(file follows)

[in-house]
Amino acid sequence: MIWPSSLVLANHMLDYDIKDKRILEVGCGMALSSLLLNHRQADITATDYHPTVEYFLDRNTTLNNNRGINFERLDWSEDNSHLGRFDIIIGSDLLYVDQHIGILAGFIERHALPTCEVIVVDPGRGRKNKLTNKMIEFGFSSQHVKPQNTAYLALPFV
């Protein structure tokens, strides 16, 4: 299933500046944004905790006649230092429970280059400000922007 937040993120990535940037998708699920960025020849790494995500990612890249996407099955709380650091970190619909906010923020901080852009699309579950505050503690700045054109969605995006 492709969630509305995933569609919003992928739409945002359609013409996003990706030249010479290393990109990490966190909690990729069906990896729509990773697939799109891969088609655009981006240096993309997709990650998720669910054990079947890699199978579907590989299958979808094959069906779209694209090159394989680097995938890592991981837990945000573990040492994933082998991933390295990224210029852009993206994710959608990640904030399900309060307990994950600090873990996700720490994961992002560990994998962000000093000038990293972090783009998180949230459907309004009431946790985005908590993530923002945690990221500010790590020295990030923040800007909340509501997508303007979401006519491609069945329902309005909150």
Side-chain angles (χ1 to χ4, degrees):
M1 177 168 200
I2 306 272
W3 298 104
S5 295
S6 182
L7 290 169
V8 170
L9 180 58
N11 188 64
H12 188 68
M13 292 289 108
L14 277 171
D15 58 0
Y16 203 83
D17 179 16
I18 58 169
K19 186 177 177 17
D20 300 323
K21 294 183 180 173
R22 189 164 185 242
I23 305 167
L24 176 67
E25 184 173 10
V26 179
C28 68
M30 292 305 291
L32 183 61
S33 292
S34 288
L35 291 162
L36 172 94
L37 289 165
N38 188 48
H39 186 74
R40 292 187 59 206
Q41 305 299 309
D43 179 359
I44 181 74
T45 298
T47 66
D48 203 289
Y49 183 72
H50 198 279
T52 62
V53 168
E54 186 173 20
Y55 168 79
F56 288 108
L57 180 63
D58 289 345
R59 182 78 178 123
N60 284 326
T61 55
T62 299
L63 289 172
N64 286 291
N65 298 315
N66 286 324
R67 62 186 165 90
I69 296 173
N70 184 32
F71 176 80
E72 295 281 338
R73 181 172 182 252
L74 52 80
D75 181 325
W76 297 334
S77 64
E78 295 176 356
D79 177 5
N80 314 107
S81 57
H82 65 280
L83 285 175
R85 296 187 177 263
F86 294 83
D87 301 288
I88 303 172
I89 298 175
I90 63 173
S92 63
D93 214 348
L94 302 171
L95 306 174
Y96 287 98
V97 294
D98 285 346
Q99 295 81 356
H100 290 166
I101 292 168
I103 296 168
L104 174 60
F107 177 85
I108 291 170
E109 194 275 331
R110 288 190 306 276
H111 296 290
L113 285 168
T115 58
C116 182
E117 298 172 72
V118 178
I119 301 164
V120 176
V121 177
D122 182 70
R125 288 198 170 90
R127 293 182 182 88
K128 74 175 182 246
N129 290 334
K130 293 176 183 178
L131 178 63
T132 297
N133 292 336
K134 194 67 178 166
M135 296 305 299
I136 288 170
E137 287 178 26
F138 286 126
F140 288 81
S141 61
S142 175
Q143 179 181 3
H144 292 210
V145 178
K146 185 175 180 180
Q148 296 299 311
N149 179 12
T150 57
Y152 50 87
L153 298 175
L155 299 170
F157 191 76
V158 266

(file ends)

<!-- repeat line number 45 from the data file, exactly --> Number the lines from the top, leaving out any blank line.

D48 203 289